Perhaps it was all too appropriate that I was dealing with Illinois state government on Monday at the exact moment I learned of the 17 “guilty” verdicts returned against former Gov. Rod Blagojevich.
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In fact, my contact with government Monday afternoon was in the form that most people deal with the state of Illinois.
I WAS AT a driver testing facility renewing my license plates (which otherwise would have expired after Thursday). While I was at it, I took advantage of being there to have my driver’s license (which would have expired later this summer) renewed.
It was at a point when I learned I passed the written examination I was required to take, and was waiting to have my official photograph taken – the one that will make me look pathetic for the next four years – that I happened to check out the Blackberry I have begrudgingly started carrying in recent months.
In checking for any messages or e-mails, I discovered the report from the Associated Press (as published by Crain’s Chicago Business). The headline “Blagojevich trial: Found guilty on 17 counts” jumped out at me.
I was surrounded by state government in action. The REAL state government, since many people don’t have many dealings with the state beyond keeping their driver’s licenses current. All the ramblings from the Statehouse in Springpatch do eventually trickle down to real activity at the local level. But too many people don’t appreciate that fact.
IT CAN MAKE the constant babbling and pontificating from political pundits about Rod Blagojevich seem downright irrelevant to our daily lives. I may well have been the only person in that room who was all that intrigued by the activities taking place at the Dirksen Building.
For all around me, I saw motor vehicles bureau employees desperately trying to keep up with the lengthy lines of people who had business to do with the state. As it was, it took me nearly an hour-and-a-half to get my business done – most of which involved sitting on hard, but cracked, plastic chairs and waiting.
All for the five minutes it took me to complete the written exam that showed I do have some comprehension of the “rules of the road” and what various street signs actually mean.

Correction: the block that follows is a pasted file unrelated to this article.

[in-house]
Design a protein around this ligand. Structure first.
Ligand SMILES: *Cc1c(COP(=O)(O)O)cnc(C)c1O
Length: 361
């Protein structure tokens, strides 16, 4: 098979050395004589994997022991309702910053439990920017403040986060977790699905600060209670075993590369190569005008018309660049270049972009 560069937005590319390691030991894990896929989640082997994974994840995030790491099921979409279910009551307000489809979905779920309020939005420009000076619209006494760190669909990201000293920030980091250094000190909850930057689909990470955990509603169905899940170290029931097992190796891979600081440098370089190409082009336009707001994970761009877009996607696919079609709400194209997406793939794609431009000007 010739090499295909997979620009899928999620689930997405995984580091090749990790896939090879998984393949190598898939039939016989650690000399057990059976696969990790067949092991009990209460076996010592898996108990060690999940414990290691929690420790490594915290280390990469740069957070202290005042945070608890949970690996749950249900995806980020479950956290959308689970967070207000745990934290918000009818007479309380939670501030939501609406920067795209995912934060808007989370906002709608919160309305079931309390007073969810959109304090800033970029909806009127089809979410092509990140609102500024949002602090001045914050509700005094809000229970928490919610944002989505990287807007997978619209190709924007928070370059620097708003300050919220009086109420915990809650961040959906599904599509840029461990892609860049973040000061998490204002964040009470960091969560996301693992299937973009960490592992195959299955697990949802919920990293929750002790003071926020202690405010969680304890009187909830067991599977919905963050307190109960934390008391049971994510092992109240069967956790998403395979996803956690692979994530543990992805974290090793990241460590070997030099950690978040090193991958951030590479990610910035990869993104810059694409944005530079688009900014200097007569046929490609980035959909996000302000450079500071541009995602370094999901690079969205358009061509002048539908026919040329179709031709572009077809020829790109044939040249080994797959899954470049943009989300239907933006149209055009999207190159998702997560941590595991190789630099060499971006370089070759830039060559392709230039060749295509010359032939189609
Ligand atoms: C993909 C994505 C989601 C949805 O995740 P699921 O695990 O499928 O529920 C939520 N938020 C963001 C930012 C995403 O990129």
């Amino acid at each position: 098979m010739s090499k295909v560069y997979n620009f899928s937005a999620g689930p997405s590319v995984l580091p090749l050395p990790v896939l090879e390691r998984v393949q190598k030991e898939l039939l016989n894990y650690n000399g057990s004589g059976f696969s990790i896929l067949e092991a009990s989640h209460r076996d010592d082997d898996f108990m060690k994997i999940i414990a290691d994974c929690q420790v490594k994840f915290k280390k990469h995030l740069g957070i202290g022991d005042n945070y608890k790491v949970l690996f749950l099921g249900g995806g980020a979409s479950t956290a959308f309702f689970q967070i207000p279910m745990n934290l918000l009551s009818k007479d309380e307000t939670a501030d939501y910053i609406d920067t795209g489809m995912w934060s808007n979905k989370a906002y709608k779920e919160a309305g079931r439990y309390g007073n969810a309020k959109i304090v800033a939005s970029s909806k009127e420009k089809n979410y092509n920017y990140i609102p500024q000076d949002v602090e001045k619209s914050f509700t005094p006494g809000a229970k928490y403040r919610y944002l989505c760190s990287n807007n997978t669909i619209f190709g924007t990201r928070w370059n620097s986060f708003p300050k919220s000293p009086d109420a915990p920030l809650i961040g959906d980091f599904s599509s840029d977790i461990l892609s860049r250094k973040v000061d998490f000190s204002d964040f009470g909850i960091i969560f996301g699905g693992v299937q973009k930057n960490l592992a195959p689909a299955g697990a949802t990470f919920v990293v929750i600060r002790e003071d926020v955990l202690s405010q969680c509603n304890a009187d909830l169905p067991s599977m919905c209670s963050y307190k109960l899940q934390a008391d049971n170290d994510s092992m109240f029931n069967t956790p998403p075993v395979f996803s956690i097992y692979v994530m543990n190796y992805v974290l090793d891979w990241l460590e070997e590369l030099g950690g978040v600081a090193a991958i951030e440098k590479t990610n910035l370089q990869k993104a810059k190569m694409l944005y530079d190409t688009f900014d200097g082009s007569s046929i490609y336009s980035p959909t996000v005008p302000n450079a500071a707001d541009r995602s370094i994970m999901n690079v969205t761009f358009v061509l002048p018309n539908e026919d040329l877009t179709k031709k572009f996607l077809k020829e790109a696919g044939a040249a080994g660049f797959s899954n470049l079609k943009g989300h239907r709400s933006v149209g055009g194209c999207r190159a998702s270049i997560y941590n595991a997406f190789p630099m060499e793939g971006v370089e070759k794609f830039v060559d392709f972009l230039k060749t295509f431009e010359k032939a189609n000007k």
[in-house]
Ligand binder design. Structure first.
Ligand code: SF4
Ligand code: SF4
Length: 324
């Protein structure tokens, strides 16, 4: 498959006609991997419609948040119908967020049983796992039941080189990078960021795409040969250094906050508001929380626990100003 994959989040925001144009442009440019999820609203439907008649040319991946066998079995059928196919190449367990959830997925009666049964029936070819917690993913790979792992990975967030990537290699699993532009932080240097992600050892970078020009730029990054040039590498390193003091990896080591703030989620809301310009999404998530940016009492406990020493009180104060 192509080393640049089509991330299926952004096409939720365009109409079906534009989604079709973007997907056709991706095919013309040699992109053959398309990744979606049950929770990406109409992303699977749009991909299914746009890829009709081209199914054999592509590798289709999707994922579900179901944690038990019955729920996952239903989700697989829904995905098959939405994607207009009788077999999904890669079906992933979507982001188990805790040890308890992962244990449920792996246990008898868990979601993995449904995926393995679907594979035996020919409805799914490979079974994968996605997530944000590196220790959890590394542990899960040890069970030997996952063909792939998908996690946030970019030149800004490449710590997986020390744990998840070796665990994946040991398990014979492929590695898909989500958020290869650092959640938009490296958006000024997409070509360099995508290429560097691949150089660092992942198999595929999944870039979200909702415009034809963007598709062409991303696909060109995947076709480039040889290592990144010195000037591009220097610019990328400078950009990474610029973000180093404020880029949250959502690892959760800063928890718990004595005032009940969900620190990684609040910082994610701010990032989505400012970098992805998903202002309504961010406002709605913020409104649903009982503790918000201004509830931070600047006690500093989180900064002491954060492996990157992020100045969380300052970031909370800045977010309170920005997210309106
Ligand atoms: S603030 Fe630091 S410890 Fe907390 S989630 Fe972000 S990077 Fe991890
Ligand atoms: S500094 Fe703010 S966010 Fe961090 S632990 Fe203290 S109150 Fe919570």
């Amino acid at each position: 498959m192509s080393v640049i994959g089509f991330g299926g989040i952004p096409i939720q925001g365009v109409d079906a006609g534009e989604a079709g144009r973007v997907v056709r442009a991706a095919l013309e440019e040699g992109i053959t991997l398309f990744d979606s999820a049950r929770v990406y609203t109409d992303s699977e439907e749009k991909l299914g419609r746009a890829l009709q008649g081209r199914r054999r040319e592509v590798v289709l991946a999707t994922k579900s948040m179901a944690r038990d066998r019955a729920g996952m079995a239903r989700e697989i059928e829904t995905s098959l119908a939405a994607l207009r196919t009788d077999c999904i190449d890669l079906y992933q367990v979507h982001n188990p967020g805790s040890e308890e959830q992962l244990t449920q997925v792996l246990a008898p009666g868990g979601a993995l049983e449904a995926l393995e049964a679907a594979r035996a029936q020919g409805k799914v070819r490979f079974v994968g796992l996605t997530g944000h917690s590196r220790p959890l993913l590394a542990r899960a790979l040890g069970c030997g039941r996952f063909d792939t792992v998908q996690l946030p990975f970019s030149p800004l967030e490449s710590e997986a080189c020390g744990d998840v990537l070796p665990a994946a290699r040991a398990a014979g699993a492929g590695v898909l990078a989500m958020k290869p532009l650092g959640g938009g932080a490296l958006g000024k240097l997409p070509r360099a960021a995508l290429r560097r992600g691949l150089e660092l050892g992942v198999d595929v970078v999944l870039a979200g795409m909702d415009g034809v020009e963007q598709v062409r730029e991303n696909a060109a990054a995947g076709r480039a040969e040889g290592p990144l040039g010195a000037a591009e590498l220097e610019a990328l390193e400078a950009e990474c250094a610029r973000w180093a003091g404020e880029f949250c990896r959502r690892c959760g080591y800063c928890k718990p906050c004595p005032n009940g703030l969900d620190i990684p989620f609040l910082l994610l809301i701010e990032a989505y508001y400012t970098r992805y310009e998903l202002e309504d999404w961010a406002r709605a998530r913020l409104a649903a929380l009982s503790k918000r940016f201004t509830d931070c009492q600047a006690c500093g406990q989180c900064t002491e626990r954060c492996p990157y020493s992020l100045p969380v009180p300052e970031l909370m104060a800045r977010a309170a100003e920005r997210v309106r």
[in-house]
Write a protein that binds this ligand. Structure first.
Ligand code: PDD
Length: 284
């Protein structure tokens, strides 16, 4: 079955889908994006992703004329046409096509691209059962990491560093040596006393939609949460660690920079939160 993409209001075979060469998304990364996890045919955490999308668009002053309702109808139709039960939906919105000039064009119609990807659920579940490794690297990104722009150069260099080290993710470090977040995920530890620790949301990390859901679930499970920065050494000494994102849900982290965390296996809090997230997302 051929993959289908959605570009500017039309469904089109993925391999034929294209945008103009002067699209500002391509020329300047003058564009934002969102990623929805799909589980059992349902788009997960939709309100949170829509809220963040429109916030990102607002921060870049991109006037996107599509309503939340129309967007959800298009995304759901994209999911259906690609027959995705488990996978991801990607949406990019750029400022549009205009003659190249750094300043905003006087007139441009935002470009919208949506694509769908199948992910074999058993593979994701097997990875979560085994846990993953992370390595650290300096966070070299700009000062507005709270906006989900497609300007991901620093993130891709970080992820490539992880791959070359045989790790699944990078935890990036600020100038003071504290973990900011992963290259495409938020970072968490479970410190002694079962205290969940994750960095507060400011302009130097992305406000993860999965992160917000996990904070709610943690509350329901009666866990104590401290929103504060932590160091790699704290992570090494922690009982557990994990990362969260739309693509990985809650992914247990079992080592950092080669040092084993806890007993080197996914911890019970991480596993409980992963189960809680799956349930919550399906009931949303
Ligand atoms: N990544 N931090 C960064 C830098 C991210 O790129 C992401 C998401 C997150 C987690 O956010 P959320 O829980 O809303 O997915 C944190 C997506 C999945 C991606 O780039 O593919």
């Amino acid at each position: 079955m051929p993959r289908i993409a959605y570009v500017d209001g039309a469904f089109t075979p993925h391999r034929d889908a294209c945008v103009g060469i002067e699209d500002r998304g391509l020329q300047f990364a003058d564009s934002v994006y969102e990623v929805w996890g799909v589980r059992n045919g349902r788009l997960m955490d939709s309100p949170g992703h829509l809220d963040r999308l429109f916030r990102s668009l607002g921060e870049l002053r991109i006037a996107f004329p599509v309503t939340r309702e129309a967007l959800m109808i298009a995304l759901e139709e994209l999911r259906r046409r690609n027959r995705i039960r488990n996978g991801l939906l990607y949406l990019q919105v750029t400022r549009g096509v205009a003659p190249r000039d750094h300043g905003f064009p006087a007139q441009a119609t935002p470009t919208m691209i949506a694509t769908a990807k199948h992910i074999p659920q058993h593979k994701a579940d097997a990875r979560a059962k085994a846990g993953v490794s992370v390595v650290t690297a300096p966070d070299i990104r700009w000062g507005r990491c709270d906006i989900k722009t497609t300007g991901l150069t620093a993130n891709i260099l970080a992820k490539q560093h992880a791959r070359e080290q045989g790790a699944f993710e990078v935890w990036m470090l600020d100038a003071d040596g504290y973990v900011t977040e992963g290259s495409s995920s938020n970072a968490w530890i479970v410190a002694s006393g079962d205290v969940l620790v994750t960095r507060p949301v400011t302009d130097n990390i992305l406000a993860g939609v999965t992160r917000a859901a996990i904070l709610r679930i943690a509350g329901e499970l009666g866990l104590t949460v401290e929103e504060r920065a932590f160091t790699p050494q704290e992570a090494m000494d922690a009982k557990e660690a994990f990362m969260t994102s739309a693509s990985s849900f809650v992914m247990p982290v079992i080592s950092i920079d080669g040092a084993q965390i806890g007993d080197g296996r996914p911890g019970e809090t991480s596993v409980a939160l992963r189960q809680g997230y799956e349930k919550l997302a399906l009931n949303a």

I’m sure the fact that Blagojevich was once the nominal head of the government that employed them didn’t mean much, probably less than the fact that it was their very agency of government where the wrongdoing took place that resulted in another former governor, George Ryan, going down to a criminal conviction (resulting in him still being in a federal prison).
I ALSO DOUBT that many of the people waiting in various lines were getting all worked up about the Blagojevich business.
The one person I spoke to while waiting in “line” was more concerned about the amount of time she was being forced to take off work in order to take care of her business with the state.
I also overheard snippets of conversation of people around me who talked of topics ranging from the best local place to find barbecue to why ARE the Chicago Cubs so incredibly awful this year? If anyone around me knew about the jury verdict being returned, they didn't let on.
Of course, the one constant thought was to wonder why it was taking so ridiculously long to work our way through these “lines” at the motor vehicles bureau. If anything, state government at that moment seemed like an annoyance that we’re forced to put up with. Although I'm sure if someone had come up with a theory that the long lines were Blagojevich's fault, THAT thought would have gained instant sympathy.
IT DEFINITELY MAKES it harder for me to take seriously all the pundits who are going to come up with all their cockamamie theories about just what does it really mean that Blagojevich was found “guilty” of 17 of the 20 charges that he faced – including all of the charges related to his handling of the appointment of a replacement for Barack Obama as U.S. senator from Illinois bordering on criminal. There may well be some people who sighed upon hearing the verdict, then moved on with their lives.
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So if anybody in coming years asks me what my initial reaction was when I learned that Blagojevich became more than a “convicted liar” (from the first trial), I’ll be able to say I was wondering “What three counts did he beat?” -- while having my picture taken.
Then, I’ll be able to whip out that driver’s license photograph and show people the moment. That weary look in my eyes probably says more about what I think of Milorod these days than anything I could ever write here today.